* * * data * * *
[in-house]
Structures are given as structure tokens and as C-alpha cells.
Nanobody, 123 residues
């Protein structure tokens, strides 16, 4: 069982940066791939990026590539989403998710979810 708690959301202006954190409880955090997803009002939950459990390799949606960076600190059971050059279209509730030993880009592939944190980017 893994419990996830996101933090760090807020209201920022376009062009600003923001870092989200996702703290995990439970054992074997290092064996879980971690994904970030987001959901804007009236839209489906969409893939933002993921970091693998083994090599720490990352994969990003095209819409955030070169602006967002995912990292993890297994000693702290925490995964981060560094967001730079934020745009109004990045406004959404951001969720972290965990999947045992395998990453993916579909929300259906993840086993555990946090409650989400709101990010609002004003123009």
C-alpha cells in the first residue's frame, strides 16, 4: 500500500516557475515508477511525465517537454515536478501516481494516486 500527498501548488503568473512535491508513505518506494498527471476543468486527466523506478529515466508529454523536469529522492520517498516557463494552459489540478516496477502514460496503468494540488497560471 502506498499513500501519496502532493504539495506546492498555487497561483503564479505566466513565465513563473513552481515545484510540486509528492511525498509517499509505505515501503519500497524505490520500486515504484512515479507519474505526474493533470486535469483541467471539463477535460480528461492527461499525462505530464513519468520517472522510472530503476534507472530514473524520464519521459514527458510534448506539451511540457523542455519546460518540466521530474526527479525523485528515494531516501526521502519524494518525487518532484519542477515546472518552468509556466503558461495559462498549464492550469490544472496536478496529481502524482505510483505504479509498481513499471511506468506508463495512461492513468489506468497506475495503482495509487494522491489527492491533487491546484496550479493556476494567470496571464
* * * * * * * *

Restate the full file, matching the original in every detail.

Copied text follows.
[in-house]
Structures are given as structure tokens and as C-alpha cells.
Nanobody, 123 residues
């Protein structure tokens, strides 16, 4: 069982940066791939990026590539989403998710979810 708690959301202006954190409880955090997803009002939950459990390799949606960076600190059971050059279209509730030993880009592939944190980017 893994419990996830996101933090760090807020209201920022376009062009600003923001870092989200996702703290995990439970054992074997290092064996879980971690994904970030987001959901804007009236839209489906969409893939933002993921970091693998083994090599720490990352994969990003095209819409955030070169602006967002995912990292993890297994000693702290925490995964981060560094967001730079934020745009109004990045406004959404951001969720972290965990999947045992395998990453993916579909929300259906993840086993555990946090409650989400709101990010609002004003123009």
C-alpha cells in the first residue's frame, strides 16, 4: 500500500516557475515508477511525465517537454515536478501516481494516486 500527498501548488503568473512535491508513505518506494498527471476543468486527466523506478529515466508529454523536469529522492520517498516557463494552459489540478516496477502514460496503468494540488497560471 502506498499513500501519496502532493504539495506546492498555487497561483503564479505566466513565465513563473513552481515545484510540486509528492511525498509517499509505505515501503519500497524505490520500486515504484512515479507519474505526474493533470486535469483541467471539463477535460480528461492527461499525462505530464513519468520517472522510472530503476534507472530514473524520464519521459514527458510534448506539451511540457523542455519546460518540466521530474526527479525523485528515494531516501526521502519524494518525487518532484519542477515546472518552468509556466503558461495559462498549464492550469490544472496536478496529481502524482505510483505504479509498481513499471511506468506508463495512461492513468489506468497506475495503482495509487494522491489527492491533487491546484496550479493556476494567470496571464